Different TCMA UHI patterns are expected between the warm and cold seasons given the large seasonality of the mean climate in the north-central United States (Fig. 6a). During the study period, for example, daily-mean SAT varied by nearly 50°C from winter to summer. The nighttime-mean UHI time series shown in Fig. 6b varies on multiple time scales. On daily to weekly time scales, the nighttime-mean UHI is largest in the cold season, as exemplified by the daily peaks in the area-average time series in Fig. 6b. On seasonal time scales, however, the nighttime-mean UHI is largest in the warm season, as exemplified by the time series after being filtered by a low-pass Lanczos filter with 25 weights and a low-frequency cutoff of 0.0111 (90 days; Duchon 1979). The daytime-mean UHI time series shown in Fig. 6c exhibits less variability than the nighttime-mean time series, both on daily and seasonal time scales. These contrasts between the nighttime and daytime UHI magnitude become clearer when seasonal averages are compared with seasonal extremes.
The summertime and wintertime average nighttime and daytime UHI patterns are shown in Fig. 7 along with their corresponding spatial PDFs. UHI magnitudes (μ and P95) associated with these maps are listed in Table 4, disaggregated by diurnal and seasonal period. During the summer, the UHI is strongest at night over the urban core, with magnitudes approaching 2°C locally in and around the KMSP airport and the Minneapolis–St. Paul CBDs. During the day, the summertime UHI is more spatially uniform. Hotspots are still evident, but horizontal SAT gradients are much weaker during the day than at night. During the winter, the UHI is of comparable magnitude during the day and night, both in the urban core and the suburban periphery. In fact, some of the largest differences between the nighttime and daytime wintertime UHI are seen in the rural TCMA, where the UHI anomalies are largely negative at night and are near zero or slightly positive during the day. This may be a manifestation of the contrast between strong radiative cooling by snow-covered surfaces at night and modest radiative heating by low-albedo pavements, structures, and bare vegetation.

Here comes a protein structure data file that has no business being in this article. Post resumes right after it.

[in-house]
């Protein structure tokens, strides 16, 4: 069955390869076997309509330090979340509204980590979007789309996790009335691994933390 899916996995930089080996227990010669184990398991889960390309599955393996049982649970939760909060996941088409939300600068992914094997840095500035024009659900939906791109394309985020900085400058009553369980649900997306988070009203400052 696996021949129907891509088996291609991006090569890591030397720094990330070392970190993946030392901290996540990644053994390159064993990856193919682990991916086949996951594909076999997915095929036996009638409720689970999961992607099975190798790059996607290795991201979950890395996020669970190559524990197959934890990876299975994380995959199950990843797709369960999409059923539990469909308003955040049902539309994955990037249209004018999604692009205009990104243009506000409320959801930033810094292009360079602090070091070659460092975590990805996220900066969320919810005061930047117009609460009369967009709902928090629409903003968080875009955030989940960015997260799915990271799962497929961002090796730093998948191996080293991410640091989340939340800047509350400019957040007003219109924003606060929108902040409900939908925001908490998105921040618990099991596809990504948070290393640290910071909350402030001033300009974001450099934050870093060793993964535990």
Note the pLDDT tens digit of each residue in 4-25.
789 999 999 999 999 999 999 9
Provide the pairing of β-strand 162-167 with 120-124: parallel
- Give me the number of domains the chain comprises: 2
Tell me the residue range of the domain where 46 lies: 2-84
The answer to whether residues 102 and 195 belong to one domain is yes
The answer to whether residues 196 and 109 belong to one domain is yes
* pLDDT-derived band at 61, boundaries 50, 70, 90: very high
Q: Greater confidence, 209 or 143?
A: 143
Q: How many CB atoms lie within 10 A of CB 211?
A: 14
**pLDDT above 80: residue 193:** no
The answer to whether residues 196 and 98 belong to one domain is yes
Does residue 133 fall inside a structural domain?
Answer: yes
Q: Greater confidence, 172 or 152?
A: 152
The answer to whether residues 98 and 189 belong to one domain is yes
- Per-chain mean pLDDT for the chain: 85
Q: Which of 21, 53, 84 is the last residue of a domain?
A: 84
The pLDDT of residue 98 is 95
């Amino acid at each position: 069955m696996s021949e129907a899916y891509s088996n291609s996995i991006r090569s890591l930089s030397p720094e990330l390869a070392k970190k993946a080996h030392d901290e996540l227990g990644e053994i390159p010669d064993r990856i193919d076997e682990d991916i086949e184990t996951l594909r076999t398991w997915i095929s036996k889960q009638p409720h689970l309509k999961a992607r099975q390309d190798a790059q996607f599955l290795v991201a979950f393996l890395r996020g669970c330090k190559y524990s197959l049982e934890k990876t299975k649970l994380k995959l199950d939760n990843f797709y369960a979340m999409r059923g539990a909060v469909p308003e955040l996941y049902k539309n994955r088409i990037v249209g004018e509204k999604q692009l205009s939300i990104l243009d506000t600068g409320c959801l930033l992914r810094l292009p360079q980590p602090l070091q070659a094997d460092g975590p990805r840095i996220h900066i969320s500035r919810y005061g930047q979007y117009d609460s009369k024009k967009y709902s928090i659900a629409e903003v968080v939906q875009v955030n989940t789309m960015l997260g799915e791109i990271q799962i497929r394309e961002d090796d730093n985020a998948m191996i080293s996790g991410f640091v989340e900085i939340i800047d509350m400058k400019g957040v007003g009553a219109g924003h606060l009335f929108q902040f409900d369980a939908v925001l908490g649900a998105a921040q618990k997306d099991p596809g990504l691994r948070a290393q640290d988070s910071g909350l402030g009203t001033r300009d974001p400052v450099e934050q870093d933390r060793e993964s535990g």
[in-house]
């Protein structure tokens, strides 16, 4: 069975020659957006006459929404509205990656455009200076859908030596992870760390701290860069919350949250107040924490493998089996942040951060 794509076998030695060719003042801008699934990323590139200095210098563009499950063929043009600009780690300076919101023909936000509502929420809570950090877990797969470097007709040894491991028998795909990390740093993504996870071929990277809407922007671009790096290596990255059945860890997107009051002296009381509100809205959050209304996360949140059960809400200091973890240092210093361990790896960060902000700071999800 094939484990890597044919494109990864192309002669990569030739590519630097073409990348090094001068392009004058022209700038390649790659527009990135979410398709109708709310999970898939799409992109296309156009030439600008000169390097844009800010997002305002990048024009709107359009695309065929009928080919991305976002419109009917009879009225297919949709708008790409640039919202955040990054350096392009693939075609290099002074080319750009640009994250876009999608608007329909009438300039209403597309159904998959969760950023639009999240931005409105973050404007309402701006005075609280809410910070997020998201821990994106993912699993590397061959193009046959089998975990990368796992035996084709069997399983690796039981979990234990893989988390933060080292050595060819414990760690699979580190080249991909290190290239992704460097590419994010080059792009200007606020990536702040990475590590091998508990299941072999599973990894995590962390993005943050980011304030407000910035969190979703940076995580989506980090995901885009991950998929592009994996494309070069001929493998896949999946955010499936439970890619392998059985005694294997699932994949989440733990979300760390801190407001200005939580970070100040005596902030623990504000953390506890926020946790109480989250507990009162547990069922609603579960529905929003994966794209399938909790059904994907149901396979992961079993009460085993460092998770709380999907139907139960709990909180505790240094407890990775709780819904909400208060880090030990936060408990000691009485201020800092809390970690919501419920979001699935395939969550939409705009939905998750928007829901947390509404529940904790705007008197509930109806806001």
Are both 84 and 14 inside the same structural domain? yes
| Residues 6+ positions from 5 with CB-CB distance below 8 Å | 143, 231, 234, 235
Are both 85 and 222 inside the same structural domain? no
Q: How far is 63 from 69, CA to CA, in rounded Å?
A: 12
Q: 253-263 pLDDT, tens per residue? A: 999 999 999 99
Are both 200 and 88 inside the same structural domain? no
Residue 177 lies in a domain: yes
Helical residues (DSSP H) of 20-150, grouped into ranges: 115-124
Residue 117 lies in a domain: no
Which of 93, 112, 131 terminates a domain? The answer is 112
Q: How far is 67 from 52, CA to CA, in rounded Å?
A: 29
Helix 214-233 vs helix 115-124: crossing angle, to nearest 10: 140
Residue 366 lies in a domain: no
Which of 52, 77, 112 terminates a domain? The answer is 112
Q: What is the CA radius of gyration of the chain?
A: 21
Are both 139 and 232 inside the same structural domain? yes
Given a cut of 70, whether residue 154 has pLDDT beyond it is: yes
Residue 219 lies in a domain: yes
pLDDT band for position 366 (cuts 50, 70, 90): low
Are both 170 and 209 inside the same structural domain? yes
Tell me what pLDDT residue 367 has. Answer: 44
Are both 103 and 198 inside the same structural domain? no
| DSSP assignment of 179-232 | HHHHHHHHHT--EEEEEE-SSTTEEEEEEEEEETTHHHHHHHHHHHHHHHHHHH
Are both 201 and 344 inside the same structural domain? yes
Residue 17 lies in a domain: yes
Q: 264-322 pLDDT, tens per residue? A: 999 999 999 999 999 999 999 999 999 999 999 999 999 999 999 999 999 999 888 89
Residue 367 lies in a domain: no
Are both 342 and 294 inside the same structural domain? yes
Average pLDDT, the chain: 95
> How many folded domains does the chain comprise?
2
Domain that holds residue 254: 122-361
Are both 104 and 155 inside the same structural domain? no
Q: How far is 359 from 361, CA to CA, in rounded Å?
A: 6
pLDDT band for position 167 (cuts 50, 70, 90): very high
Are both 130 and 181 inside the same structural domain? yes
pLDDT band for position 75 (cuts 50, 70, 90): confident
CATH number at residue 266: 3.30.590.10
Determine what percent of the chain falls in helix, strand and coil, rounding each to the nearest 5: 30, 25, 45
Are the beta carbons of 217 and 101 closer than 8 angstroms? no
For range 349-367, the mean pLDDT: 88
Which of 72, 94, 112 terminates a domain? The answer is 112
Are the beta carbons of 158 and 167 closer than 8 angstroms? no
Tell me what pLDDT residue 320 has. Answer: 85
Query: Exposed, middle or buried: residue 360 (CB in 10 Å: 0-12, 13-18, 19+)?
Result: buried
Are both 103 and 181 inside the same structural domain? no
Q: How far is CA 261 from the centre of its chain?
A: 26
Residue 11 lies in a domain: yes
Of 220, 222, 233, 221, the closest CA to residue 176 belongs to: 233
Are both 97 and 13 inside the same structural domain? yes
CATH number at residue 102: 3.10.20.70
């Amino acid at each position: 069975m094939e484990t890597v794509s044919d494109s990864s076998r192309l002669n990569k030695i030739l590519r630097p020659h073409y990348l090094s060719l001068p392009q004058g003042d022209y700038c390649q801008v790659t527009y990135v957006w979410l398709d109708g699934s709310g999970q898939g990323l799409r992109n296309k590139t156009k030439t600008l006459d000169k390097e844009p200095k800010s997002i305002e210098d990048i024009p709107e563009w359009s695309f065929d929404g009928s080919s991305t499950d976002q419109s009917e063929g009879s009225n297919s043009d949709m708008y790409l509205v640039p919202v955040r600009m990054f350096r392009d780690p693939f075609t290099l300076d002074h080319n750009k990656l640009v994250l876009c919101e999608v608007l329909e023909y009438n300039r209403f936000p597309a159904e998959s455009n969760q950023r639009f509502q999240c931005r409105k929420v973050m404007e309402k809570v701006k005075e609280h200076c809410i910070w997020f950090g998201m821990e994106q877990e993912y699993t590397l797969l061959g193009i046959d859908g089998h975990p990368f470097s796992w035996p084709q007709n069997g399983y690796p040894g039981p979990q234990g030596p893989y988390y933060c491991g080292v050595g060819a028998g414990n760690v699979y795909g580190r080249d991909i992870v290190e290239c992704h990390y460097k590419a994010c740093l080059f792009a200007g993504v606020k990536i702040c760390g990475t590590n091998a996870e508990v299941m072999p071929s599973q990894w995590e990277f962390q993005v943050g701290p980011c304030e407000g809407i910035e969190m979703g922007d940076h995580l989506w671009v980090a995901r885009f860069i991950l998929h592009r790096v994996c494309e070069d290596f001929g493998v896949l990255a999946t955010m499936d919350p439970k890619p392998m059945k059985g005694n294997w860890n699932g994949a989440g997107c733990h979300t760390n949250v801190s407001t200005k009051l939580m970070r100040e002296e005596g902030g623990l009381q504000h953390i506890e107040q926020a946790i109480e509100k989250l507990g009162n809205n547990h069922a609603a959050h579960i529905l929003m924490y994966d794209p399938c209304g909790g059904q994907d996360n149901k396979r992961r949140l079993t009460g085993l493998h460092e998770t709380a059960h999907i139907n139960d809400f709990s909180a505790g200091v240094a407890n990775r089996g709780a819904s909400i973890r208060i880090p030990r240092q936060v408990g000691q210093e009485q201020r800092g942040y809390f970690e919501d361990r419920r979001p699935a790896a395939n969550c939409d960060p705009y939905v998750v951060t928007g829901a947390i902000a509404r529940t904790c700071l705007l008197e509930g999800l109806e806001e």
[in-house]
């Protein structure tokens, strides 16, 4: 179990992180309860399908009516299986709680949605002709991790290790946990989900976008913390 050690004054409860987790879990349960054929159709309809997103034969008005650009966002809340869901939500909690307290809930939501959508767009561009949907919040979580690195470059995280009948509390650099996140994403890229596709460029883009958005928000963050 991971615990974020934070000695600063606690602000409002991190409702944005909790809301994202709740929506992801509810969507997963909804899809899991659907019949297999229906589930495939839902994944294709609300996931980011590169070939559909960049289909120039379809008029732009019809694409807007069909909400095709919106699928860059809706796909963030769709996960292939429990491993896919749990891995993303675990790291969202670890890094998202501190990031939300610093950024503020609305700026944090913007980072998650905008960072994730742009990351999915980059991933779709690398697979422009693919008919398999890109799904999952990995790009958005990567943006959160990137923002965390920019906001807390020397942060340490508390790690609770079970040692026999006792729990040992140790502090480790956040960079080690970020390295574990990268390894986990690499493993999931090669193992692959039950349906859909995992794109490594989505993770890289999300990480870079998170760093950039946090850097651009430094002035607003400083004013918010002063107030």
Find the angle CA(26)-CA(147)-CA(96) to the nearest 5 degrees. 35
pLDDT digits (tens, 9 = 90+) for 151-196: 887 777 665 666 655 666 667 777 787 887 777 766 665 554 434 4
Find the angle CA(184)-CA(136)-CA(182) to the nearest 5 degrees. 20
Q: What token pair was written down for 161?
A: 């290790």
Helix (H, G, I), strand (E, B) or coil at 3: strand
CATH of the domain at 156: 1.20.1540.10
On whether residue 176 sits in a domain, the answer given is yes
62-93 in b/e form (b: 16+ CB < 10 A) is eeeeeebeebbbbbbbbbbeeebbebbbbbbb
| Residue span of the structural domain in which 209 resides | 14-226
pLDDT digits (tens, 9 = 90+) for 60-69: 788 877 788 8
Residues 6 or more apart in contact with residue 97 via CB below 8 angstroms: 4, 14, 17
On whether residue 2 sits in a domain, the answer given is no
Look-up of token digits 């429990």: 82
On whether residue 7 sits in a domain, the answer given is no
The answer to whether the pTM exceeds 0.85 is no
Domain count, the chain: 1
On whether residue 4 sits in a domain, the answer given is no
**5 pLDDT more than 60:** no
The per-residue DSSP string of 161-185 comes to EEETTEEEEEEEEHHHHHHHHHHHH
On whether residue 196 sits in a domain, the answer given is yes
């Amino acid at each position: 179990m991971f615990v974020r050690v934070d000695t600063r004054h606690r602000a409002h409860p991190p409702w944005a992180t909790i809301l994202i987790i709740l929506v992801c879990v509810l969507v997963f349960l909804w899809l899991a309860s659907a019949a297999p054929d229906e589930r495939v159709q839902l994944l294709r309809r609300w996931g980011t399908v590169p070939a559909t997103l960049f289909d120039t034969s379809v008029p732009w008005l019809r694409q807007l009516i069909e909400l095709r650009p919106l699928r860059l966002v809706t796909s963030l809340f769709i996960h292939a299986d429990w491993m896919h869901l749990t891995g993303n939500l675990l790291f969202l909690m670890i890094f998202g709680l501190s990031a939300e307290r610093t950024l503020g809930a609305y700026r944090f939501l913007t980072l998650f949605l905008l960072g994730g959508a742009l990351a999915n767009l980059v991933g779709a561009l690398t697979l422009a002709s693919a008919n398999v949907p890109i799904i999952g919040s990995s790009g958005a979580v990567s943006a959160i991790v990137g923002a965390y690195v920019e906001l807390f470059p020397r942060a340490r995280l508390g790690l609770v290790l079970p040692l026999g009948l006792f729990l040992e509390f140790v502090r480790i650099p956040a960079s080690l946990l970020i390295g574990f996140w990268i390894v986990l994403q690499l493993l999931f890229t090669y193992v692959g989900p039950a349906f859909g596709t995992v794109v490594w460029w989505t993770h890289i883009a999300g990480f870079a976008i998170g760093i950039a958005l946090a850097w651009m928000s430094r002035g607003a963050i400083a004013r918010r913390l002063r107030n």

As discussed in section 3b, the nighttime and daytime UHI time series shown in Figs. 6b and 6c exhibit pronounced high-frequency daily variability apart from their low-frequency seasonal modulation. The time-average maps shown in Fig. 7 illustrate the low-frequency seasonal patterns. To examine the patterns of high-frequency daily extremes, we composited the 30 warmest nights and days in each season on the basis of the time series in Figs. 6b and 6c. Maps are shown in Fig. 8, and the associated spatial statistics are shown in Table 5.
Like the seasonal contrasts that are evident in the time-average UHI patterns (Fig. 7), the nighttime extreme UHIs (Fig. 8a) are much stronger than the daytime extreme UHIs (Fig. 8b). Unlike the seasonal contrasts that are evident in the time-average UHI patterns, the nighttime extreme UHIs are stronger and more spatially concentrated in the wintertime (Fig. 8a) than in the summertime (Fig. 8c), particularly in the urban core. Another difference between the time-average and extreme UHIs is evident in the contrast between the daytime UHI strength in the summer and winter. In the time average, there is little difference between the summertime and wintertime daytime UHI; in the extreme cases, however, the wintertime daytime UHI (Fig. 8d) is 50% larger than the summertime daytime UHI (Fig. 8b). Taken together, the pronounced difference in UHI magnitude and patterns between the time-average and extreme cases suggests that different processes modulate the daily UHI variability and the seasonal UHI variability.